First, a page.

Budapest adds gold to central-bank reserves...
HUNGARY isn't known today as one of the world's top gold-producing countries, writes Frank Holmes at US Global Investors.
There was a time, though, when it accounted for around three-quarters of Europe's entire output of the yellow metal, if you can believe it.
According to historian Peter Sugar's A History of Hungary, the central European country was a "veritable El Dorado" in the 14th century, and its gold pieces circulated widely across the entire continent, competing with those minted in Italy and England.
It was this rich mining heritage that Hungary's central bank evoked when it announced this month its decision to increase gold holdings tenfold, from 3.1 tonnes to 31.5 tonnes, taking gold's share of total reserves to 4.4%.
Gold accounts for 73.5% of US reserves by comparison, the most of any country.
Hungarian central-bank governor Gyorgy Matolcsy described the move as one of "economic and national strategic importance," adding that the extra gold made the country's reserves "safer" and "reduced risk".
This is the first time since 1986 that Hungary has increased its gold holdings.
The country isn't alone in its mission to diversify. This month we also learned that Poland became the first European Union (EU) member to increase its gold reserves in two decades. The Eastern European country added as much as 9 metric tonnes of hard assets between July and August of this year. Central banks in Russia, Turkey and Kazakhstan have also kept up their gold buying, representing close to 90% of the activity we've seen this year.
Meanwhile, the EU has continued to print paper money.
So why should banks – or investors, for that matter – be interested in boosting their gold holdings?
One reason is timing. Until recently, gold prices have been relatively affordable, trading at 52-week lows of around $1180 an ounce in mid-August and at the end of September. Central banks' investment was wisely made. From those lows, gold is now up more than 4% on stock volatility.
Check out the chart below. I think it's fascinating to see the relationship between dramatic moves in the stock market and people's interest in gold. When stocks sold off a couple of weeks ago, Google searches for "gold price" jumped to their highest in at least a month. This shows, I believe, that people recognize gold as a good store of value when market volatility reemerges.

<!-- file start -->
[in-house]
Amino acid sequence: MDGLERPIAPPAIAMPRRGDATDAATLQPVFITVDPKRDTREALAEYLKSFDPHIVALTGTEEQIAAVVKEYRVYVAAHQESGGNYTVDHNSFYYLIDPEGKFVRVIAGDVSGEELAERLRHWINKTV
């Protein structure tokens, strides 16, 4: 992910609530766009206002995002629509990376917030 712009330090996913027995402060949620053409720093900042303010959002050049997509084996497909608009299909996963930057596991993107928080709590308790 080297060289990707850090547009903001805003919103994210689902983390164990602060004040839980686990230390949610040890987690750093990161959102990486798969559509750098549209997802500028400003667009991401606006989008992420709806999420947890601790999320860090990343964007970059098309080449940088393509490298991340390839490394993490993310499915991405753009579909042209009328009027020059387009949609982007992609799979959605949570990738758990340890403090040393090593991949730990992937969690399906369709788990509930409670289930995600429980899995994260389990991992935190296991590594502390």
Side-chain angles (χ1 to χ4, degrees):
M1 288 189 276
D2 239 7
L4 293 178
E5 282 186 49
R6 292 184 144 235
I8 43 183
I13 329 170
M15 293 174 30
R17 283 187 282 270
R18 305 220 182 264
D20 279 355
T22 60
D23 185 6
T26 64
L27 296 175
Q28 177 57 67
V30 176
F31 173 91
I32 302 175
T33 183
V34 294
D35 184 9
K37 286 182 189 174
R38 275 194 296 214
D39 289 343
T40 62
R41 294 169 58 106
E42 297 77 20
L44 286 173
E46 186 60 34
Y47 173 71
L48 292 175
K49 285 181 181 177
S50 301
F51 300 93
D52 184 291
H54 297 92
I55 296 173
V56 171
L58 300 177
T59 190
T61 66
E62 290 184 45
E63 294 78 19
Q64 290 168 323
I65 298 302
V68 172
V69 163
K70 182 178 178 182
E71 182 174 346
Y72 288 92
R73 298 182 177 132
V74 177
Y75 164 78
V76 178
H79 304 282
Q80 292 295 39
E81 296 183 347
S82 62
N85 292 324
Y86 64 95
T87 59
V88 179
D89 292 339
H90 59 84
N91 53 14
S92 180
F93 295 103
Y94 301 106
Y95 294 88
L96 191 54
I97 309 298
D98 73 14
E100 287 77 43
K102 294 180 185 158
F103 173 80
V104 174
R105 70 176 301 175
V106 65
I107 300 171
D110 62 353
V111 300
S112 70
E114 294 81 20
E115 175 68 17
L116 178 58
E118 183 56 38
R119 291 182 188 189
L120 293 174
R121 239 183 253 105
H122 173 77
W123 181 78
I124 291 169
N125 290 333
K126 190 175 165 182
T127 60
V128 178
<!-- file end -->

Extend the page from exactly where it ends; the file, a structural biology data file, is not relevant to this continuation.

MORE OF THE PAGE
Returning to what Hungarian central bank governor Matolcsy said about risk reduction, a certain amount of gold has been shown to improve a portfolio's Sharpe ratio, according to the World Gold Council's (WGC) most recent Gold Investor.
The Sharpe ratio, in case you're unaware, measures a portfolio's risk-adjusted returns relative to its peers, based on standard deviation. The higher the ratio over its peers, the better the risk-adjusted returns.
Analysts at New Frontier Advisors found that an institutional portfolio with a 6% weighting in gold had a higher Sharpe ratio than one without any gold exposure. This means that volatility was reduced without hurting returns.
Although analysts were looking at Chinese portfolios in particular, the WGC's Fred Yang believes these findings can just as easily be applied to portfolios that are invested in US-, European- or UK-listed assets.
The "research indicates," Yang says, "that most well-balanced portfolios would benefit from a modest allocation to gold."
I've often advocated for a 10% Golden Rule – with 5% in bullion, the other 5% in gold stocks – and so New Frontier's research is illuminating. It also helps explain Hungary and Poland's actions, as well as those of other net purchasers of gold.
I've shown many times in the past that the price of gold is inversely related with real rates. The yellow metal has especially struggled when Treasury yields have outpaced inflation.
The two-year Treasury yield, for instance, is just under 3% today, a more-than-10-year high. Because consumer prices are rising at 2.3% year-over-year, according to the latest report from the Labor Department, the two-year has a positive real yield – and this has historically weighed on gold.
You would think, then, that its price would be much lower than it is. I'm impressed with how well it's held up.